It is my advice that our Elders should study brevity in all their discourses and communications to the people, and that they should speak in the plainest and simplest manner; for if they were to do this-speak so that the unlearned can comprehend, then the learned will be sure to understand, unless they have got their ears so twisted that it is vulgar for them to listen to common conversation; they are like the young gentleman who had just come from college and was desirous of making a considerable show, so when he stopped at a country hotel, he gave the following orders to the ostler- "You will extricate the quadruped from the vehicle, stabulate him, donate him an adequate supply of nutritious aliment, and when the Aurora of man shall illumine the celestial horizon I will award thee a pecuniary compensation."
The lad went into the house to the old man, crying-'Landlord, there is a Dutchman out here; I can't understand a word he says, do come and talk to him yourself.' (Laughter.)4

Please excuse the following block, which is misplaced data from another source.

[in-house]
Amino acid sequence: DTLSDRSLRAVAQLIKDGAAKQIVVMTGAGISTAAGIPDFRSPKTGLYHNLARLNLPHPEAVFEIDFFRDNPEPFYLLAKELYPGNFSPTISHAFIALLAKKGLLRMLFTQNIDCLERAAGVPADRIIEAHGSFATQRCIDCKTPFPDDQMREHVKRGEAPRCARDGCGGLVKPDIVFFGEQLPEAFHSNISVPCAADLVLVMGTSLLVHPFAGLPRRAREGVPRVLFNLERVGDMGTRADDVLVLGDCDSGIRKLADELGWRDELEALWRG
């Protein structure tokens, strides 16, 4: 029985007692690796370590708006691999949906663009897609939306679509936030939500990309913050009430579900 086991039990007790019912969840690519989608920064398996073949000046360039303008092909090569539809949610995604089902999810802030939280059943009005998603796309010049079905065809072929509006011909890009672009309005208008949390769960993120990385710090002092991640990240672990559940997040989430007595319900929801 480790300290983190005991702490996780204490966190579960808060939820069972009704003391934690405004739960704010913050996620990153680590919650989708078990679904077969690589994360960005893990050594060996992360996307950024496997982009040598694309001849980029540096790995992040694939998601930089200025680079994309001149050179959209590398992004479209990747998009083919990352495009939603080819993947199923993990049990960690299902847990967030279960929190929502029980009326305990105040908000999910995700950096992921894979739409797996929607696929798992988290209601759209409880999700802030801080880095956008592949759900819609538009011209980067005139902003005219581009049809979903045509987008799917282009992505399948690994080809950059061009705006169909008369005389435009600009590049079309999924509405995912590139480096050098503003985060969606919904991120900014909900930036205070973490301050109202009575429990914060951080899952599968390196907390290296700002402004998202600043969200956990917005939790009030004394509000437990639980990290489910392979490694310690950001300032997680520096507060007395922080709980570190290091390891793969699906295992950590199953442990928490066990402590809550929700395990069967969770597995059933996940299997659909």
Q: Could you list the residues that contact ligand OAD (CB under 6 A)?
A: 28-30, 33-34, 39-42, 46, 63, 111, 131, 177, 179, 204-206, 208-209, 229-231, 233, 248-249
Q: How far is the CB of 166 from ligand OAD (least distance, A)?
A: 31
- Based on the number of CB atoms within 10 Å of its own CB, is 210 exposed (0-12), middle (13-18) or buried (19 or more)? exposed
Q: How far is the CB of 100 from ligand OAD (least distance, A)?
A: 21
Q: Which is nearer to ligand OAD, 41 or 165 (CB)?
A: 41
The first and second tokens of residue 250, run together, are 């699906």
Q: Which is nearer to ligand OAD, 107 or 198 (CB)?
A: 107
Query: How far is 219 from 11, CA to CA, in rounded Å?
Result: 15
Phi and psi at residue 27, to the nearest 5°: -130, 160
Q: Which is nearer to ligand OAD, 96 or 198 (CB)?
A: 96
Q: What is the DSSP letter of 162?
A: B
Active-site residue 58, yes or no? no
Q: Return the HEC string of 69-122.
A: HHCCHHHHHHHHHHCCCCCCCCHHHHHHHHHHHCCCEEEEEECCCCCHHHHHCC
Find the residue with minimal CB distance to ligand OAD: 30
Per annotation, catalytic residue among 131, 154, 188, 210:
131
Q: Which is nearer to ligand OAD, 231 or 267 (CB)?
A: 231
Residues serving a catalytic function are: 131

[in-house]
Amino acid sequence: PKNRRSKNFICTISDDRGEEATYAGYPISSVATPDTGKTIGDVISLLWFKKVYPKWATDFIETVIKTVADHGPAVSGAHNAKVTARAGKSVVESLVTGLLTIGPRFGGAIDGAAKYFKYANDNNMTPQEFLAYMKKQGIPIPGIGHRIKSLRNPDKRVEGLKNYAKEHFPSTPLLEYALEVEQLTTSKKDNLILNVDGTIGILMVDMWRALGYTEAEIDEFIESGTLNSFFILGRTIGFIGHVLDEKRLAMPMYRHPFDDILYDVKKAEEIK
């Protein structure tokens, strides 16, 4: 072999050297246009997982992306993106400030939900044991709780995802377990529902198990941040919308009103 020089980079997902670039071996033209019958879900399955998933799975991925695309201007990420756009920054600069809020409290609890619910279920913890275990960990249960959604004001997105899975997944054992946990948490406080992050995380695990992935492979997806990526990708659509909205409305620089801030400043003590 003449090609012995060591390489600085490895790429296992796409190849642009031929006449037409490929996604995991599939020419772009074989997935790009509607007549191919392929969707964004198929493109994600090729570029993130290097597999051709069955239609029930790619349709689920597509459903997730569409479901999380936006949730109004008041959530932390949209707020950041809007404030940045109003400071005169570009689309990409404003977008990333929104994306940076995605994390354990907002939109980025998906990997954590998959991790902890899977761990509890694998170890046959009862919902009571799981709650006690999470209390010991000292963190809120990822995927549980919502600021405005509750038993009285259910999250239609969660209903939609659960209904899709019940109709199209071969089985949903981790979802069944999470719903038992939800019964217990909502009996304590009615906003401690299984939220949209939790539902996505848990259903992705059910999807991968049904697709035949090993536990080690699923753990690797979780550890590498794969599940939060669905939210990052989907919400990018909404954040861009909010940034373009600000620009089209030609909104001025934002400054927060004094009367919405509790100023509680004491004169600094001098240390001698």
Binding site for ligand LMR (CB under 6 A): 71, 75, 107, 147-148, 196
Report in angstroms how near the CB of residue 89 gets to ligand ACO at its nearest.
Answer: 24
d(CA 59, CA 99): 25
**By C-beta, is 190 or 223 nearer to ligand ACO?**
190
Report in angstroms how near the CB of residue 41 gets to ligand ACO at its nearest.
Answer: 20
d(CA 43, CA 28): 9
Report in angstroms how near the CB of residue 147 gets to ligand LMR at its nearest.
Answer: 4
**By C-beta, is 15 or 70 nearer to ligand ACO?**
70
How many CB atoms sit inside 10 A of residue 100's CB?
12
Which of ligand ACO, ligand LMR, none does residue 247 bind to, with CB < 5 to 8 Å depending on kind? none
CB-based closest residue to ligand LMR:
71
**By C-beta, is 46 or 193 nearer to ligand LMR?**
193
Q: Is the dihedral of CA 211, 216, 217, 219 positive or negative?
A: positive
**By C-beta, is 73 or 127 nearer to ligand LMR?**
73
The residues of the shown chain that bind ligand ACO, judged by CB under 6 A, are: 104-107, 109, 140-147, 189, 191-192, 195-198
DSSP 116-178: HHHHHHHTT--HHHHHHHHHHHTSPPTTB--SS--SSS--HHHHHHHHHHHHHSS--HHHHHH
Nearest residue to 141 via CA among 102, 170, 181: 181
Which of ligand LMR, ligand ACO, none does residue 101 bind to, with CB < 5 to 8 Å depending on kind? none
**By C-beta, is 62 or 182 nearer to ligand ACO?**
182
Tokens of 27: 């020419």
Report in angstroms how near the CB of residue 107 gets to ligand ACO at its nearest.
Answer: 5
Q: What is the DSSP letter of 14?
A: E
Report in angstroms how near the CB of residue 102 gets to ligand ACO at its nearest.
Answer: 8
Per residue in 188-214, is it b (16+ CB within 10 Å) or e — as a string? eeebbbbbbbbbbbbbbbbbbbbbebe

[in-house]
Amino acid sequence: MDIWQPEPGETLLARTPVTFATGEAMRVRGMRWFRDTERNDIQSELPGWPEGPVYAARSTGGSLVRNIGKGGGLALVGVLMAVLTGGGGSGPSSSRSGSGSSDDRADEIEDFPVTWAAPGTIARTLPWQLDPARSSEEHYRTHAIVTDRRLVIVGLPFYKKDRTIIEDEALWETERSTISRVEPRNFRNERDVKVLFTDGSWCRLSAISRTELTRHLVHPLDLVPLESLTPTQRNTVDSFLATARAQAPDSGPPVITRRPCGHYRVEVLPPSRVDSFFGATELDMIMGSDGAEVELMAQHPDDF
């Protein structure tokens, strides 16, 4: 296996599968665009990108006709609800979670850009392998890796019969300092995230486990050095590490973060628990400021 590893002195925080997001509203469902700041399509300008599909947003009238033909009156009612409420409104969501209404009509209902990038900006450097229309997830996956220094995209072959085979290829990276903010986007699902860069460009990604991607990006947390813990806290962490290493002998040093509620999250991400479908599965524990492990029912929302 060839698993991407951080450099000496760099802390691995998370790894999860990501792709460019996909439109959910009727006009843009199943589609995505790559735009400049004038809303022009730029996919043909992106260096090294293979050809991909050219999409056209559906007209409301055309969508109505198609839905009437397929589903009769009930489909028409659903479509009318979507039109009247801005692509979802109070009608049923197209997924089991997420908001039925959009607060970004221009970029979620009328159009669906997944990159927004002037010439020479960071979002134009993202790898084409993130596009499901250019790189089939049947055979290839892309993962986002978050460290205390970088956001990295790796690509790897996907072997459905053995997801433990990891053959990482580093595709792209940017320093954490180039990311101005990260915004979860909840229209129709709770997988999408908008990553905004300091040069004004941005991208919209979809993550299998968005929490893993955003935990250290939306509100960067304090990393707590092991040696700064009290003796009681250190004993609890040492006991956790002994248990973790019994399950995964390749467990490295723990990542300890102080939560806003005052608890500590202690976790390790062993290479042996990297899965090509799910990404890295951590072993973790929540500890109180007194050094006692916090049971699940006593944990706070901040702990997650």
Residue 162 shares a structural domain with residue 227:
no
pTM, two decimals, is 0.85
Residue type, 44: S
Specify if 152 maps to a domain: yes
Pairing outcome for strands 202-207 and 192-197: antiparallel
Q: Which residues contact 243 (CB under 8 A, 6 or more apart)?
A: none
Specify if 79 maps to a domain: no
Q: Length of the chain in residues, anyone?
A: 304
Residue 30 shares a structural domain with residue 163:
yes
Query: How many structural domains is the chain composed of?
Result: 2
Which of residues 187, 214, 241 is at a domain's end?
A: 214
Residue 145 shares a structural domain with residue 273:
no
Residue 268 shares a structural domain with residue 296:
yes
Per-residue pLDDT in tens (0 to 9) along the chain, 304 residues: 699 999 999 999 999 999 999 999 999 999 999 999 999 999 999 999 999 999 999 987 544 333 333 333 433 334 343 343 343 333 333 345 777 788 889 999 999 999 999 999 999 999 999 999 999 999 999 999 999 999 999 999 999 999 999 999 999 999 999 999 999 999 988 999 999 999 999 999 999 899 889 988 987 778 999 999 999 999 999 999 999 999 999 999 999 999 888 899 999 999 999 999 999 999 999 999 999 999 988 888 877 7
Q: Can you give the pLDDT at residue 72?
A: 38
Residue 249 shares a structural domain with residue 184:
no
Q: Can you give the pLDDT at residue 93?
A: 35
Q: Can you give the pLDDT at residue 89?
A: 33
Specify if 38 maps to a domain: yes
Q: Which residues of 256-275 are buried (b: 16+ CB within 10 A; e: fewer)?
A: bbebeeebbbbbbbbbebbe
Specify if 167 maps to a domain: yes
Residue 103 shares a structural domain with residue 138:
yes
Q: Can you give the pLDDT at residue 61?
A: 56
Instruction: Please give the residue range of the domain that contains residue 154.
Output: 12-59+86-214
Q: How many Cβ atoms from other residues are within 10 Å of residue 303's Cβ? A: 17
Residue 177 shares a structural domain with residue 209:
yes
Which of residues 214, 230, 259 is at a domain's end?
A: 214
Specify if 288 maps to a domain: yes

Now if he had said-'Unharness the horse, water and feed him, and I will pay you for it in the morning,' he would have been understood by the ostler (JD 3:23-28).
 

FOOTNOTES
[1]
For more on the various meeting houses in use and the "Great Tabernacle," see "The Great Tabernacle: A Building of Purpose and Spirit," Ensign, Apr. 2007, 24.
[2] B.H. Roberts once spoke of the importance of accuracy in teaching, noting that the closer to truth we are, the better the Holy Ghost can manifest a witness to what we taught. I need to find the source on this statement, however.

[3] Professor Seixas referred to Joshua Seixas of the Hudson Seminary. In 1836, Joseph smith hired Seixas to teach Hebrew at the school of the prophets in Kirtland. More than 30 students formed the first class, and soon the group swelled to include four classes. Joseph Smith was faithful in attending and mentioned his studies often in entries now found in the History of the Church. (For more, see Milton V. Backman Jr., The Heavens Resound p. 272).
 
[4] Occasionally, as in this case, the transcriber would include an audience reaction such as "laughter."
Orig. posted 9/27/07.

5 comments:

poulsen said...

Great post.